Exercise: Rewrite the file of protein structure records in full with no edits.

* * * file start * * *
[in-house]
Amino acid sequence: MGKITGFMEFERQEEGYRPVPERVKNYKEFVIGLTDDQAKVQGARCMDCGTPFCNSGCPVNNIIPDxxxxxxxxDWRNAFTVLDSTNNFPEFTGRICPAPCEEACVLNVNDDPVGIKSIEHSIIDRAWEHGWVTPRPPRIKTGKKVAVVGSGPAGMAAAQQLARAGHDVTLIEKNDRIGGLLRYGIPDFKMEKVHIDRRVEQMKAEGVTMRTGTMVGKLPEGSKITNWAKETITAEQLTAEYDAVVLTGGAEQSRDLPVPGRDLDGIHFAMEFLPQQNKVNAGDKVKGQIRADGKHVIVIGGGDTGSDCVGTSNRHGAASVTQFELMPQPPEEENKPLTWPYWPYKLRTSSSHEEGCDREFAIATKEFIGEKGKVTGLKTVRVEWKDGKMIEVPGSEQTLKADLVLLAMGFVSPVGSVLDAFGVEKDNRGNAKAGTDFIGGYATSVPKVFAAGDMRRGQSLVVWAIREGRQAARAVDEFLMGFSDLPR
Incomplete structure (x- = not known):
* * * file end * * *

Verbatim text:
[in-house]
Amino acid sequence: MGKITGFMEFERQEEGYRPVPERVKNYKEFVIGLTDDQAKVQGARCMDCGTPFCNSGCPVNNIIPDxxxxxxxxDWRNAFTVLDSTNNFPEFTGRICPAPCEEACVLNVNDDPVGIKSIEHSIIDRAWEHGWVTPRPPRIKTGKKVAVVGSGPAGMAAAQQLARAGHDVTLIEKNDRIGGLLRYGIPDFKMEKVHIDRRVEQMKAEGVTMRTGTMVGKLPEGSKITNWAKETITAEQLTAEYDAVVLTGGAEQSRDLPVPGRDLDGIHFAMEFLPQQNKVNAGDKVKGQIRADGKHVIVIGGGDTGSDCVGTSNRHGAASVTQFELMPQPPEEENKPLTWPYWPYKLRTSSSHEEGCDREFAIATKEFIGEKGKVTGLKTVRVEWKDGKMIEVPGSEQTLKADLVLLAMGFVSPVGSVLDAFGVEKDNRGNAKAGTDFIGGYATSVPKVFAAGDMRRGQSLVVWAIREGRQAARAVDEFLMGFSDLPR
Incomplete structure (x- = not known):